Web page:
On Theater: Playing the Dickens out of 'Drood'

"The Mystery of Edwin Drood" never was solved because its author, Charles Dickens, died before he could finish the novel.

Imaginative playwright-composer Rupert Holmes, a fellow Briton, has given it an ending — or, more accurately, a half-dozen endings — while turning the book into a musical comedy. This creation is winding up a two-weekend engagement at Vanguard University as an ambitious, overlong but consistently entertaining production.

"Drood" has brought out the best in its production team — director Vanda Eggington, choreographer Stephany Parker and costumer Lia M. Hansen — all of whom turn in superior achievements, which more than compensate for the somewhat creaky storyline of a music hall troupe playing out Dickens' drama.

Ensemble work in the show's frequent production numbers has been especially impressive, with Parker's dance numbers — particularly the "Off to the Races" first-act closer — elevating the proceedings considerably. Longtime costume designer Hansen has outdone herself on this show with her rich lineup of Victorian creations.

Director Eggington has encouraged her student cast to venture over the top with their characters, going melodramatic when necessary. Several performers shine most effectively in this regard, with Lucas Moore topping the list as the show's master of ceremonies who takes on two other roles — all with appropriate vigor and groan-inducing humor.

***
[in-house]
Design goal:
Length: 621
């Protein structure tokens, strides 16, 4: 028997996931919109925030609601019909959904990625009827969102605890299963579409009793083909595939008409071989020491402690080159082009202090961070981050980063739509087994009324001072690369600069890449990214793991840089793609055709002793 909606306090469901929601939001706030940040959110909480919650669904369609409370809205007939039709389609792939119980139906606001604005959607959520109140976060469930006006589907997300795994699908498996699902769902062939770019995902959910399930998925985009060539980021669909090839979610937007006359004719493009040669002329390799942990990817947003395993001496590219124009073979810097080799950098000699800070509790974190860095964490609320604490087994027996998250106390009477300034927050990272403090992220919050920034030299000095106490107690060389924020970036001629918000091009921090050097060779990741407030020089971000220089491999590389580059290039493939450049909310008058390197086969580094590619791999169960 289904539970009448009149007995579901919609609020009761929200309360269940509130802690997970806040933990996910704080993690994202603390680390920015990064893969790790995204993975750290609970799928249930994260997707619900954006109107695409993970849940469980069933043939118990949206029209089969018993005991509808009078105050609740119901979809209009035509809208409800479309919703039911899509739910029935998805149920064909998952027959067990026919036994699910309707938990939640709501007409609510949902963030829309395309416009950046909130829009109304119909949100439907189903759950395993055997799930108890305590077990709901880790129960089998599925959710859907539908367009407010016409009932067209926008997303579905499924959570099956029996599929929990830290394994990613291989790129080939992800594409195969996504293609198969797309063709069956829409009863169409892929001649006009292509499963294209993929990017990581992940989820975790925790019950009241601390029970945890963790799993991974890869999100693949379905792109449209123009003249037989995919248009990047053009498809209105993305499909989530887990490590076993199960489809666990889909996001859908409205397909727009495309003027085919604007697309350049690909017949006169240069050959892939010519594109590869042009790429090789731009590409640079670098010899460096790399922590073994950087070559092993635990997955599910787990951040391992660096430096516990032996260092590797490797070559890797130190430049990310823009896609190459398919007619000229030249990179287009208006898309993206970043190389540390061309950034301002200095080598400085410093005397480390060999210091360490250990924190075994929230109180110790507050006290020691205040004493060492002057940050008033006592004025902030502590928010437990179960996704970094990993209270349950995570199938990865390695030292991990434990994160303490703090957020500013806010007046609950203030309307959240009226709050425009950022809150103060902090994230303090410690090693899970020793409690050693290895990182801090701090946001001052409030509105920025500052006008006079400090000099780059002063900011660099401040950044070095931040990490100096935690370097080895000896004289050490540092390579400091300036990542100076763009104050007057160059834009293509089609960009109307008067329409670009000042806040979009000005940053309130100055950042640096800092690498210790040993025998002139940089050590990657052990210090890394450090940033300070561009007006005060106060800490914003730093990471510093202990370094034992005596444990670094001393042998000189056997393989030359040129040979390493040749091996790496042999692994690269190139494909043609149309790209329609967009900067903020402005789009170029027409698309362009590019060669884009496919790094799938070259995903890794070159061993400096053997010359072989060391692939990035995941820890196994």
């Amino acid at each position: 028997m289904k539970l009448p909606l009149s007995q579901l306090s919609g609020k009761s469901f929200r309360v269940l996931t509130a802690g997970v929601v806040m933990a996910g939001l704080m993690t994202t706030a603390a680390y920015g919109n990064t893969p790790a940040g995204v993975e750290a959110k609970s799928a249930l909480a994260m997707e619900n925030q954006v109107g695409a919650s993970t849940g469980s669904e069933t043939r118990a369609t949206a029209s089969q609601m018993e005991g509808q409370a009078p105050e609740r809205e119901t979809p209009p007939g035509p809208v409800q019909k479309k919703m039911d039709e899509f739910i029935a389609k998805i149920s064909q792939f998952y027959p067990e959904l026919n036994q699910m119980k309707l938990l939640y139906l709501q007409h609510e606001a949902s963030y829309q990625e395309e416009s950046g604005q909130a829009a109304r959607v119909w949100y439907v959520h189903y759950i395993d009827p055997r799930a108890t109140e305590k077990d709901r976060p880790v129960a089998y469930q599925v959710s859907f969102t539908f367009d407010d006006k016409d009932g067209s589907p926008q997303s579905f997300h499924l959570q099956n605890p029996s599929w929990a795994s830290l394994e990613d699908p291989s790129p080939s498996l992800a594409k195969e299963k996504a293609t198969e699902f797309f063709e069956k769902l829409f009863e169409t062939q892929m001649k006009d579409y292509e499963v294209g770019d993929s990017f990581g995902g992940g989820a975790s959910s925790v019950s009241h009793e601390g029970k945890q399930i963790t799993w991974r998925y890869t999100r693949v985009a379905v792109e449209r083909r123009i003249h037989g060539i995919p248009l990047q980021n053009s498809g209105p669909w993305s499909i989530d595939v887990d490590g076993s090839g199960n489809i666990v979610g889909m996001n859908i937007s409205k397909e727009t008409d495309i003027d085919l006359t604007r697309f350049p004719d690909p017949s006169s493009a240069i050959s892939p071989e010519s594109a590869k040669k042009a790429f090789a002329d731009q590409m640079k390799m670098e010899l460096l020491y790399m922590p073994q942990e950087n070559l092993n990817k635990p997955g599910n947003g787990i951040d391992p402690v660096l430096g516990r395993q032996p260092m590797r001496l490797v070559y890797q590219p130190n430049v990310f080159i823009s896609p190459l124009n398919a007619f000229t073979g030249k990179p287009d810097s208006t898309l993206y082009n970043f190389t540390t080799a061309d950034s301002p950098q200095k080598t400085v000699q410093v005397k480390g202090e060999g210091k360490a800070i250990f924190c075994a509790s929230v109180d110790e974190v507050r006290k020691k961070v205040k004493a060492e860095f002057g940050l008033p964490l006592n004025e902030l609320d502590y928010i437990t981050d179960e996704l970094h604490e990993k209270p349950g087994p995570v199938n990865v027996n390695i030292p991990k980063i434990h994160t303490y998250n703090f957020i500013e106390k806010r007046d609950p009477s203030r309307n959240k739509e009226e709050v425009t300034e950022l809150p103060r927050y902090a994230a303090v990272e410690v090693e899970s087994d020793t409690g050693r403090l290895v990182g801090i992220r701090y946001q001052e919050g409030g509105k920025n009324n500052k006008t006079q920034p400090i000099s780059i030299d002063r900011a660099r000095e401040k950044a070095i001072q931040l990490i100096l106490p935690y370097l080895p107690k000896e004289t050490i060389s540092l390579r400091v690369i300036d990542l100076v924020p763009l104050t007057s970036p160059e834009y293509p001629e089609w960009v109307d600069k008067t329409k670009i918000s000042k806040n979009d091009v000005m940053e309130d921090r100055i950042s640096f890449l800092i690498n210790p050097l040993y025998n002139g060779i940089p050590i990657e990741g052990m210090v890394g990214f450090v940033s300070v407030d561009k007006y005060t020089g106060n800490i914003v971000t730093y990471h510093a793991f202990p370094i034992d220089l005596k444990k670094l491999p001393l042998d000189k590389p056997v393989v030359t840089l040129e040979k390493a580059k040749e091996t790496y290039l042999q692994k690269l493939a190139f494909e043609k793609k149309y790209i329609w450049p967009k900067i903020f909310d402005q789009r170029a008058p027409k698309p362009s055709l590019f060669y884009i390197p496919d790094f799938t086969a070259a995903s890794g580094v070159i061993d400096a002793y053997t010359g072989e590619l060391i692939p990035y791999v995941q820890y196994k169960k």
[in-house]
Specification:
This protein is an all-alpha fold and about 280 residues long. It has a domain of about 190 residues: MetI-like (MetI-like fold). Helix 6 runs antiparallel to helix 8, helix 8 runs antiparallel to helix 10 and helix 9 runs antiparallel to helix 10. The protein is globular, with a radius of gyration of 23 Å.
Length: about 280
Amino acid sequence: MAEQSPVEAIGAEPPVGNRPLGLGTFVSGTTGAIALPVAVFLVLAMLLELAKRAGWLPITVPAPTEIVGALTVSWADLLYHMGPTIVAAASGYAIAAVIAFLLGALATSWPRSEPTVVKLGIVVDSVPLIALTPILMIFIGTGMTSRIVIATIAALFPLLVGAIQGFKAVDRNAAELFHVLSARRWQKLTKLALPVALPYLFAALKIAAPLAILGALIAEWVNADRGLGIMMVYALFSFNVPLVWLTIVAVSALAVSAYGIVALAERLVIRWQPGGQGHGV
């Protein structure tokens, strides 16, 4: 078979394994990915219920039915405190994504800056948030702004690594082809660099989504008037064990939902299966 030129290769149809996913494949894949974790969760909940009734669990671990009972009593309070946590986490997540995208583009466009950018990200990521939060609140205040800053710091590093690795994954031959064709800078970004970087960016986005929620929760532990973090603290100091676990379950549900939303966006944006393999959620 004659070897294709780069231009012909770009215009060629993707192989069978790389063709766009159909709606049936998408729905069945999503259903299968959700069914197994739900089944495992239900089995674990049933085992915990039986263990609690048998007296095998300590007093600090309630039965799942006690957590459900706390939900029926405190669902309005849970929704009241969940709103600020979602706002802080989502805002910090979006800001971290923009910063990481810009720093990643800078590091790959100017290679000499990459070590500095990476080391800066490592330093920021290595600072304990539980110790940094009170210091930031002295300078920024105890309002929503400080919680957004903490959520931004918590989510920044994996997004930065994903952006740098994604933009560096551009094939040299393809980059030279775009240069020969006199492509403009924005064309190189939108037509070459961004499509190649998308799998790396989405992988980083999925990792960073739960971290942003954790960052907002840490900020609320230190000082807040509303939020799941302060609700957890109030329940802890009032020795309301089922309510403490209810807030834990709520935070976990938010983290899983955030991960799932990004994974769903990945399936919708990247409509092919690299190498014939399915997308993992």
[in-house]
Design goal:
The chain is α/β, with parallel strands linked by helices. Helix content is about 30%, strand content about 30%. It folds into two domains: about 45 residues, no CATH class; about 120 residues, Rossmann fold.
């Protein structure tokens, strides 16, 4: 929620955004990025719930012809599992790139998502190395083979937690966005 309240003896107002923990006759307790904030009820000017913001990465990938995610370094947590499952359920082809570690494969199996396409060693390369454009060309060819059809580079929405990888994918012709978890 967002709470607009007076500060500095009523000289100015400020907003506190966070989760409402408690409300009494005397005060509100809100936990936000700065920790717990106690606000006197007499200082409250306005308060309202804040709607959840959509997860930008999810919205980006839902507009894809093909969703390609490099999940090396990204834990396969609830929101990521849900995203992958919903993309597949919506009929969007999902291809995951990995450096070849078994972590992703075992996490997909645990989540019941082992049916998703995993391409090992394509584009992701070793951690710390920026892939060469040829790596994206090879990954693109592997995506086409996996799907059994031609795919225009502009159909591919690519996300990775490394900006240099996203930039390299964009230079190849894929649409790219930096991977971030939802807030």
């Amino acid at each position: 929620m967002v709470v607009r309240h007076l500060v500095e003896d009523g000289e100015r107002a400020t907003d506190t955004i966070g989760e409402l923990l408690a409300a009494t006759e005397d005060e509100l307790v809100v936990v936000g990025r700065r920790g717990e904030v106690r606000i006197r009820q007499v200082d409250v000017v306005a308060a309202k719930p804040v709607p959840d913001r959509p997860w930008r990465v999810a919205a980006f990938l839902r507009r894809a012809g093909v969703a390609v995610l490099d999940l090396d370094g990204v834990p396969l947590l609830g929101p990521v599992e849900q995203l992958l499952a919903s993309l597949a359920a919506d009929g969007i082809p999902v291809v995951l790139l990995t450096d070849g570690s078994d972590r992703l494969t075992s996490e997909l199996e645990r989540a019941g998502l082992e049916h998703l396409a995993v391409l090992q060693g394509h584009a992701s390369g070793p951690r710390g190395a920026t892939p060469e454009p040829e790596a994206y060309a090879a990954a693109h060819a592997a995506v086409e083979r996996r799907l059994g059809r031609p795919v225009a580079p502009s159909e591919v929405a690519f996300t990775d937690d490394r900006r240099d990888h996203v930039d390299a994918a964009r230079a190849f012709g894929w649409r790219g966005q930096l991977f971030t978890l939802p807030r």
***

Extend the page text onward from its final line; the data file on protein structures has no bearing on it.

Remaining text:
The show's apparent villain, a fiery music teacher who frequents opium dens, is lustily enacted by Dustin Laemmien in an engaging bit of menace. The role of his nephew, Drood, traditionally played by a female in male drag who disappears mysteriously, is nicely accomplished by Paige Brinskele. That she/he is a head shorter than fiancee Mary Lee Tandy-McGlasson adds further comedic zest.

Tandy-McGlasson also brings a glorious voice to the proceedings, especially in her early solo "Moonfall." Newly arrived twins Zach Simons and Candace Miser-Blanton thrust an air of subterfuge into the plot, the former with a white-hot temper and the latter with seductive Mata Hari-type moves.

Other impressive performances are delivered by Nicholas Lazaris as the underappreciated flunky Bazzard, Joey Sims as the goofy cemetery worker Durdles, Michael McCalip as the kindly cleric Crisparkle and especially Katelyn Spurgin as the brassy opium den queen Princess Puffer.

So whodunit? And is Drood really dead? That's up to you, the future audience, to decide. Performers canvass the crowd near the end of the show each night to come up with one of six potential endings, then play it out.

"Drood" may be overextended in its length and undernourished in its plotting, but Vanguard's satirical interpretation and musical comedy stylings, particularly Parker's imaginative choreography, make it an evening well spent.

TOM TITUS reviews local theater for the Daily Pilot.

If You Go

What: "The Mystery of Edwin Drood"

Where: Vanguard University Lyceum Theater, 55 Fair Drive, Costa Mesa

When: Closing performances at 8 p.m. Friday, 2 and 8 p.m. Saturday, and 2 p.m. Sunday.

Cost: $17 and $14

Call: (714) 668-6145

Copyright © 2019, Daily Pilot
EDITION: California | U.S. & World